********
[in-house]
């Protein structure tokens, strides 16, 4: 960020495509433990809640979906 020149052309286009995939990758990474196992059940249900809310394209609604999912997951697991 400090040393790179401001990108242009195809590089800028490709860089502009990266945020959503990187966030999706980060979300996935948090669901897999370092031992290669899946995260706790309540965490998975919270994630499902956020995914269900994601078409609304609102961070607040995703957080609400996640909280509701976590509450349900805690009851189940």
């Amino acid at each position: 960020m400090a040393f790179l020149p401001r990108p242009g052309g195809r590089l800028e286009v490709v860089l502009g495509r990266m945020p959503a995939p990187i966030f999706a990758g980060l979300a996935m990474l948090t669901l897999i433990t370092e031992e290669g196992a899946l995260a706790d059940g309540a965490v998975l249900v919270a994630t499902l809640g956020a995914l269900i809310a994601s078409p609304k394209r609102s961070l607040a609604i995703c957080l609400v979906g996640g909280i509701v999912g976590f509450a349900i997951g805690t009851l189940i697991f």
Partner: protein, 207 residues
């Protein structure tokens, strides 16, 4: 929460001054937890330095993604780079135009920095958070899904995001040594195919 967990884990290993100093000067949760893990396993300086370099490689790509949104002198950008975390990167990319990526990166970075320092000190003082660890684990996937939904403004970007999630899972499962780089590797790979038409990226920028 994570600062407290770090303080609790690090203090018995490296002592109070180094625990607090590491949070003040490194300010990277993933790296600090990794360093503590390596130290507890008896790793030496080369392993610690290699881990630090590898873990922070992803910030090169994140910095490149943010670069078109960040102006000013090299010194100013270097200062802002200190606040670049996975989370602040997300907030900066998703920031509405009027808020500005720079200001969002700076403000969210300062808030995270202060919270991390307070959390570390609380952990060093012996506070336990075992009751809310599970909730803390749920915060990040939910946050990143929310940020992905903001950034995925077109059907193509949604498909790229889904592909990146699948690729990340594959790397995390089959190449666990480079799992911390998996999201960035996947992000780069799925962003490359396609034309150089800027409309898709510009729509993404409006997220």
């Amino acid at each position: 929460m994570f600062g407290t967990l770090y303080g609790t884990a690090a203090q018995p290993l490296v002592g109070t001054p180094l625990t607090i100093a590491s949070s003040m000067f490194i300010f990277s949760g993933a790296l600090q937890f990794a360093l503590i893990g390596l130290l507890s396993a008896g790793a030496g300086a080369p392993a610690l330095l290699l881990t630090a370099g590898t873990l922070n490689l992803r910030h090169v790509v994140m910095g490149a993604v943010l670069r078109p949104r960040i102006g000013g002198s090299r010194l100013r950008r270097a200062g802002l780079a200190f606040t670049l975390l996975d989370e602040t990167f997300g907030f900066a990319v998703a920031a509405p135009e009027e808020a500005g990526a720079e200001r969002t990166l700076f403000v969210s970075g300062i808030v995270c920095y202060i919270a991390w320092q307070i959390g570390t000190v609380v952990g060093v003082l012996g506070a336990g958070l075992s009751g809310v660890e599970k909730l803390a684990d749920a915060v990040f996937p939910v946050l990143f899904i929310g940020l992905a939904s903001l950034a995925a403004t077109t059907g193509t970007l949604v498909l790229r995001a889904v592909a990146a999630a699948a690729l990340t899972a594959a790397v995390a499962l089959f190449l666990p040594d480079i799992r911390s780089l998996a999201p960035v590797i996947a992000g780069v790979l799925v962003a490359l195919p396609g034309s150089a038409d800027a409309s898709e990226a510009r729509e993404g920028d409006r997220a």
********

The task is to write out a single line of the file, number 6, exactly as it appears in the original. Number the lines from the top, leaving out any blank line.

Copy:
């Amino acid at each position: 929460m994570f600062g407290t967990l770090y303080g609790t884990a690090a203090q018995p290993l490296v002592g109070t001054p180094l625990t607090i100093a590491s949070s003040m000067f490194i300010f990277s949760g993933a790296l600090q937890f990794a360093l503590i893990g390596l130290l507890s396993a008896g790793a030496g300086a080369p392993a610690l330095l290699l881990t630090a370099g590898t873990l922070n490689l992803r910030h090169v790509v994140m910095g490149a993604v943010l670069r078109p949104r960040i102006g000013g002198s090299r010194l100013r950008r270097a200062g802002l780079a200190f606040t670049l975390l996975d989370e602040t990167f997300g907030f900066a990319v998703a920031a509405p135009e009027e808020a500005g990526a720079e200001r969002t990166l700076f403000v969210s970075g300062i808030v995270c920095y202060i919270a991390w320092q307070i959390g570390t000190v609380v952990g060093v003082l012996g506070a336990g958070l075992s009751g809310v660890e599970k909730l803390a684990d749920a915060v990040f996937p939910v946050l990143f899904i929310g940020l992905a939904s903001l950034a995925a403004t077109t059907g193509t970007l949604v498909l790229r995001a889904v592909a990146a999630a699948a690729l990340t899972a594959a790397v995390a499962l089959f190449l666990p040594d480079i799992r911390s780089l998996a999201p960035v590797i996947a992000g780069v790979l799925v962003a490359l195919p396609g034309s150089a038409d800027a409309s898709e990226a510009r729509e993404g920028d409006r997220a």